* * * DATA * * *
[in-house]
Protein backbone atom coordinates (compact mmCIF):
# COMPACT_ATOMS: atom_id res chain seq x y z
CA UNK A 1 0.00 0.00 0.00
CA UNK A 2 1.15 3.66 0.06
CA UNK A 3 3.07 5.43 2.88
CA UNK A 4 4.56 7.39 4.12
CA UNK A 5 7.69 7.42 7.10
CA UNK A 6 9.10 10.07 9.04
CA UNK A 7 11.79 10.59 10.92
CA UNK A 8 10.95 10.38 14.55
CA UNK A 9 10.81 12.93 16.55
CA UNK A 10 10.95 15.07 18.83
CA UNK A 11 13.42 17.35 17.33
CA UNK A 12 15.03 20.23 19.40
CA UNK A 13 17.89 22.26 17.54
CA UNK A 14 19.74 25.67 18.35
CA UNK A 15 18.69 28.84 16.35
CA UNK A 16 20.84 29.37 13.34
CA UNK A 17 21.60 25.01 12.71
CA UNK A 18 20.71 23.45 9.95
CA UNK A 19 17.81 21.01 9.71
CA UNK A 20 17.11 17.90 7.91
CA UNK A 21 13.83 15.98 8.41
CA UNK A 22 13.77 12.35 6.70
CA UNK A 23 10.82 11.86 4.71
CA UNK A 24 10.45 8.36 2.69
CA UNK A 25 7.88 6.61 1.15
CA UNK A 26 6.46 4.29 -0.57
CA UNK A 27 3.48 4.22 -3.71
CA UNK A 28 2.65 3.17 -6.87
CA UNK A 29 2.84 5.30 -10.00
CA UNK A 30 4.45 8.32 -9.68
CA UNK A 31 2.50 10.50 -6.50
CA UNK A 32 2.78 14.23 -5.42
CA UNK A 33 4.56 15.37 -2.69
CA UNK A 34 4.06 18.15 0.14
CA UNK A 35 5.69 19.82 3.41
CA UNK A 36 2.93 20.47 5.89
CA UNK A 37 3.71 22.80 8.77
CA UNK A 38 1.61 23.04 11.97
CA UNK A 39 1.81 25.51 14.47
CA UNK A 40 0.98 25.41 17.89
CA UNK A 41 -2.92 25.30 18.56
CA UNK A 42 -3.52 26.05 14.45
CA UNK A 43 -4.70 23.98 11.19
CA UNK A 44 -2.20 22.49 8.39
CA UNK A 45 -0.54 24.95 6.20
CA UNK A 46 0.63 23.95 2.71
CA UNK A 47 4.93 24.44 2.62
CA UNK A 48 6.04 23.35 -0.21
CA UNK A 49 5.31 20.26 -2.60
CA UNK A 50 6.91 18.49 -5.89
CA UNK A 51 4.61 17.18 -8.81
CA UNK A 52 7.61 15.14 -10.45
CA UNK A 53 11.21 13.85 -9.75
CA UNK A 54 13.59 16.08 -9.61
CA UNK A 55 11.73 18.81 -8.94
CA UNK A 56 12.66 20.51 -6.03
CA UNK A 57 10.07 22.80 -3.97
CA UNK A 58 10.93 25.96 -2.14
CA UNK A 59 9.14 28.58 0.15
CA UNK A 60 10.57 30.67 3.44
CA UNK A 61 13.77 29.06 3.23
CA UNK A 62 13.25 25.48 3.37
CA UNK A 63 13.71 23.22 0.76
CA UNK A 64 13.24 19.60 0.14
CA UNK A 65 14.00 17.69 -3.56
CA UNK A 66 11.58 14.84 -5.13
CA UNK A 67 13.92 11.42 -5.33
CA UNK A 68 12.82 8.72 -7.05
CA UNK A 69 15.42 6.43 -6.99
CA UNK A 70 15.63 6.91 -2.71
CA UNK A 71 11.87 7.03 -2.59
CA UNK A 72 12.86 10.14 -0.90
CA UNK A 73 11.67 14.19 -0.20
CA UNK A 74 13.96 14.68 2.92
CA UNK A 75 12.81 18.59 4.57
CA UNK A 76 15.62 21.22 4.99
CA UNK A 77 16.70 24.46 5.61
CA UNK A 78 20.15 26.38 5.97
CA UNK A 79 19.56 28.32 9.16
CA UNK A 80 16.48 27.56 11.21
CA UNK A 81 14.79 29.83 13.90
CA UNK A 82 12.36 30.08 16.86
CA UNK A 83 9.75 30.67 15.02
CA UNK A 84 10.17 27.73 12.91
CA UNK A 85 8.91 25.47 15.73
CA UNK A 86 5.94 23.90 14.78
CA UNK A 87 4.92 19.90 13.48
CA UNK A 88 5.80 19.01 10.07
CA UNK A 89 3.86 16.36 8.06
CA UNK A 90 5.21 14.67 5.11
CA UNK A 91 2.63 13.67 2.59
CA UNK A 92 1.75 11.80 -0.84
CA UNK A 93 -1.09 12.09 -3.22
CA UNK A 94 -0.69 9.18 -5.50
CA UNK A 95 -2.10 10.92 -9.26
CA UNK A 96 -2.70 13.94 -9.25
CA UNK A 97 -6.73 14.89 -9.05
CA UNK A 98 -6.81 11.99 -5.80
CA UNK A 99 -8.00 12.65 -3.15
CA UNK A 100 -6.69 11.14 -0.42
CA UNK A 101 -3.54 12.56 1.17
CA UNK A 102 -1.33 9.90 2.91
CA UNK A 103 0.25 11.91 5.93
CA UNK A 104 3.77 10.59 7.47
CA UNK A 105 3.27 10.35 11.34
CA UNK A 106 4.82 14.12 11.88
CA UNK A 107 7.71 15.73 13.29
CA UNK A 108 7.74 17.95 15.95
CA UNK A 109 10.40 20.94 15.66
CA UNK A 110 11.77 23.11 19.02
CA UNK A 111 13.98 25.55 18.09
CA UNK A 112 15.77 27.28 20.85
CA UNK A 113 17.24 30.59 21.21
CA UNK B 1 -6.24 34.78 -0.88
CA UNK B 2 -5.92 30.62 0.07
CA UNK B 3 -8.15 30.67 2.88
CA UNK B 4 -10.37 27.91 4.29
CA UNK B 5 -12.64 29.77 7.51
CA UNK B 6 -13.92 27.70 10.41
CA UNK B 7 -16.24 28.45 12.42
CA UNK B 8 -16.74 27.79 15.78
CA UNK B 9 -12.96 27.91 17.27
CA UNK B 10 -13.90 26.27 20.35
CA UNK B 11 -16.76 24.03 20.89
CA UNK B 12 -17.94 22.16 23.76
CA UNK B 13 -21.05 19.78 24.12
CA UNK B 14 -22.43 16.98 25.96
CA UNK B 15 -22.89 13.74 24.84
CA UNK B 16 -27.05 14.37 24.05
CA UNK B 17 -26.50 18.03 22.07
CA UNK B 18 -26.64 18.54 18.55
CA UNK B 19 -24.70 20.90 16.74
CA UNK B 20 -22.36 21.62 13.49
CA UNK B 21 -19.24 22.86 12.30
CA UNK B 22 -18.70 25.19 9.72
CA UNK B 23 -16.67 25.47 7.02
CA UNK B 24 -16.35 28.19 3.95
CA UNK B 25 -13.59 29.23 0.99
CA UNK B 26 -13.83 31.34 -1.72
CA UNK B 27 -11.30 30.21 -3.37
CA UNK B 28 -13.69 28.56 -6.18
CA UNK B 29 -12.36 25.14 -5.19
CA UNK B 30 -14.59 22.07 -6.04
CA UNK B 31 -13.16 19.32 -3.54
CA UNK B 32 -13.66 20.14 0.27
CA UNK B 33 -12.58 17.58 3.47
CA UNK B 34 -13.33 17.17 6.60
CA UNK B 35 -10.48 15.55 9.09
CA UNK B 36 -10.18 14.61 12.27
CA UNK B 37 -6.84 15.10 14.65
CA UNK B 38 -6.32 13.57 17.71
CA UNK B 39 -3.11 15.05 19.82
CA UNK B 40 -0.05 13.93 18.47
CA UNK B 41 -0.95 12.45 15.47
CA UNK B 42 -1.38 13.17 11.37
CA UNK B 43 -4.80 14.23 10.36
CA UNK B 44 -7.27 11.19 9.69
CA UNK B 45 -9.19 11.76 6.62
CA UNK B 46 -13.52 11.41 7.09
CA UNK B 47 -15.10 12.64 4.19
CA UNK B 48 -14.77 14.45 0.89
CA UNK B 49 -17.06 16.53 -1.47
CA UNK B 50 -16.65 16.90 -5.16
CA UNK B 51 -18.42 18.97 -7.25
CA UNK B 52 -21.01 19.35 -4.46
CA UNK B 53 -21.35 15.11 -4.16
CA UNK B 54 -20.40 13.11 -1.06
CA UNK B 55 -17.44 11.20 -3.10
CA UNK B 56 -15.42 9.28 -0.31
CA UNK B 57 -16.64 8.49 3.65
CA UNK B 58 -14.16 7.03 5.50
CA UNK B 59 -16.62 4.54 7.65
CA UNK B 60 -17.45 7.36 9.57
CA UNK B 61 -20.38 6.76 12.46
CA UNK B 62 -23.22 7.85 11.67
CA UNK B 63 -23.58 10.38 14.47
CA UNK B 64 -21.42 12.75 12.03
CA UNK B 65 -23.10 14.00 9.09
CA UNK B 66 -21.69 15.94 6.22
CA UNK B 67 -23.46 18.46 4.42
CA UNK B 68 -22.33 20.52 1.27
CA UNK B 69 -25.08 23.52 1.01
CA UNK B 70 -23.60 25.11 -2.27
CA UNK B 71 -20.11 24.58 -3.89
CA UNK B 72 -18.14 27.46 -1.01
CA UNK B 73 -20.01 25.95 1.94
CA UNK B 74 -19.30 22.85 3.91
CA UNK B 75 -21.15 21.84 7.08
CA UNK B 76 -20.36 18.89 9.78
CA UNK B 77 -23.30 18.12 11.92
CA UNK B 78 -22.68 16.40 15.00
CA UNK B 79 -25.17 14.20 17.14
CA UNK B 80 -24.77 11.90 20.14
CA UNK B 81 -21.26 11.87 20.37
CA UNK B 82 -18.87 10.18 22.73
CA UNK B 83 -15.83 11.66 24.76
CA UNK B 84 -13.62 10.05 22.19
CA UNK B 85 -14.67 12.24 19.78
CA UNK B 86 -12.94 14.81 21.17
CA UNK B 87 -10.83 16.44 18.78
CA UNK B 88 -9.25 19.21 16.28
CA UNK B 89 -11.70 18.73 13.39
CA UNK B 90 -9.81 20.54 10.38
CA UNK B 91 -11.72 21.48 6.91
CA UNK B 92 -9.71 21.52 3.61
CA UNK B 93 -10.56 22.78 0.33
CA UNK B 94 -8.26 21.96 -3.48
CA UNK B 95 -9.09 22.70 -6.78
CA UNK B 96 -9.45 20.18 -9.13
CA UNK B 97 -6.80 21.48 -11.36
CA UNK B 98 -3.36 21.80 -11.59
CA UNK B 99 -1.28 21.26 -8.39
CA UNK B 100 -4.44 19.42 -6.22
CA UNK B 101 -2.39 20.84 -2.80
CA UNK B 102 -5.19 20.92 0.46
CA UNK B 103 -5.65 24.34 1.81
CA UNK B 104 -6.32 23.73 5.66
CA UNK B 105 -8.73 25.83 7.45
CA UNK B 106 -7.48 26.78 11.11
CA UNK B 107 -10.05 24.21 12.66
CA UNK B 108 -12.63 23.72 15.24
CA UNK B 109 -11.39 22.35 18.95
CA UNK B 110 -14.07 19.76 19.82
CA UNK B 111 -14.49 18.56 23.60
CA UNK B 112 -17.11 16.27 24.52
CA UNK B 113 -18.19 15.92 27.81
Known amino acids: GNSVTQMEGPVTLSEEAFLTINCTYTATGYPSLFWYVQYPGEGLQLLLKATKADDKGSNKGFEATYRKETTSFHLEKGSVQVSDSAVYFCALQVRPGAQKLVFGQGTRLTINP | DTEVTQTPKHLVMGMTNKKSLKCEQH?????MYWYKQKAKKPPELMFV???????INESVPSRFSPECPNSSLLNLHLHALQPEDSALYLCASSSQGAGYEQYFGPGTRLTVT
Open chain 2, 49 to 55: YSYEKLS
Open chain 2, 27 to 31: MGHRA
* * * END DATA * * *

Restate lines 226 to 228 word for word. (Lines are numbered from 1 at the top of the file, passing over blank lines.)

CA UNK B 110 -14.07 19.76 19.82
CA UNK B 111 -14.49 18.56 23.60
CA UNK B 112 -17.11 16.27 24.52